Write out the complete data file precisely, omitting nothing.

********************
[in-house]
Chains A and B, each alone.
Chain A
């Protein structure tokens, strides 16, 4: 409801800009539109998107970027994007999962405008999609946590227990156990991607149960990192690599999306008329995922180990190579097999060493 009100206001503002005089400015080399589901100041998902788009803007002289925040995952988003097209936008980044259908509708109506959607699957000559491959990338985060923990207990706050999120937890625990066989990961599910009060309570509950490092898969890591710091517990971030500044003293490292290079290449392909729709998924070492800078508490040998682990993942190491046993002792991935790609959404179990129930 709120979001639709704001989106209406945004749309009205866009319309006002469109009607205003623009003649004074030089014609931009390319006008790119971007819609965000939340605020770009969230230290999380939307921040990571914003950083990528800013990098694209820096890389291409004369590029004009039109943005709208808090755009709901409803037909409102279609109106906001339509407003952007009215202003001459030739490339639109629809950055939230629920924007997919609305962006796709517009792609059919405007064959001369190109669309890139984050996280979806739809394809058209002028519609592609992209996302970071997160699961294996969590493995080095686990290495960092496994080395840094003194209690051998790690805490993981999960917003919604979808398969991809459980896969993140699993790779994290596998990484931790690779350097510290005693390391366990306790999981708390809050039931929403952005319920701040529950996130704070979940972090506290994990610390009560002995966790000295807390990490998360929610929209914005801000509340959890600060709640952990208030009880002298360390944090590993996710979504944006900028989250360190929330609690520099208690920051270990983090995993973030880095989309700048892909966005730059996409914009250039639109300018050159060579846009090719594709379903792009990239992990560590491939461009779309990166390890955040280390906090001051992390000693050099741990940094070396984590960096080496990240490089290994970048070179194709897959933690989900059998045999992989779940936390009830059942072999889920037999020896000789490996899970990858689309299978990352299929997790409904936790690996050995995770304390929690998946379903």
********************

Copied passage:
[in-house]
Chains A and B, each alone.
Chain A
């Protein structure tokens, strides 16, 4: 409801800009539109998107970027994007999962405008999609946590227990156990991607149960990192690599999306008329995922180990190579097999060493 009100206001503002005089400015080399589901100041998902788009803007002289925040995952988003097209936008980044259908509708109506959607699957000559491959990338985060923990207990706050999120937890625990066989990961599910009060309570509950490092898969890591710091517990971030500044003293490292290079290449392909729709998924070492800078508490040998682990993942190491046993002792991935790609959404179990129930 709120979001639709704001989106209406945004749309009205866009319309006002469109009607205003623009003649004074030089014609931009390319006008790119971007819609965000939340605020770009969230230290999380939307921040990571914003950083990528800013990098694209820096890389291409004369590029004009039109943005709208808090755009709901409803037909409102279609109106906001339509407003952007009215202003001459030739490339639109629809950055939230629920924007997919609305962006796709517009792609059919405007064959001369190109669309890139984050996280979806739809394809058209002028519609592609992209996302970071997160699961294996969590493995080095686990290495960092496994080395840094003194209690051998790690805490993981999960917003919604979808398969991809459980896969993140699993790779994290596998990484931790690779350097510290005693390391366990306790999981708390809050039931929403952005319920701040529950996130704070979940972090506290994990610390009560002995966790000295807390990490998360929610929209914005801000509340959890600060709640952990208030009880002298360390944090590993996710979504944006900028989250360190929330609690520099208690920051270990983090995993973030880095989309700048892909966005730059996409914009250039639109300018050159060579846009090719594709379903792009990239992990560590491939461009779309990166390890955040280390906090001051992390000693050099741990940094070396984590960096080496990240490089290994970048070179194709897959933690989900059998045999992989779940936390009830059942072999889920037999020896000789490996899970990858689309299978990352299929997790409904936790690996050995995770304390929690998946379903």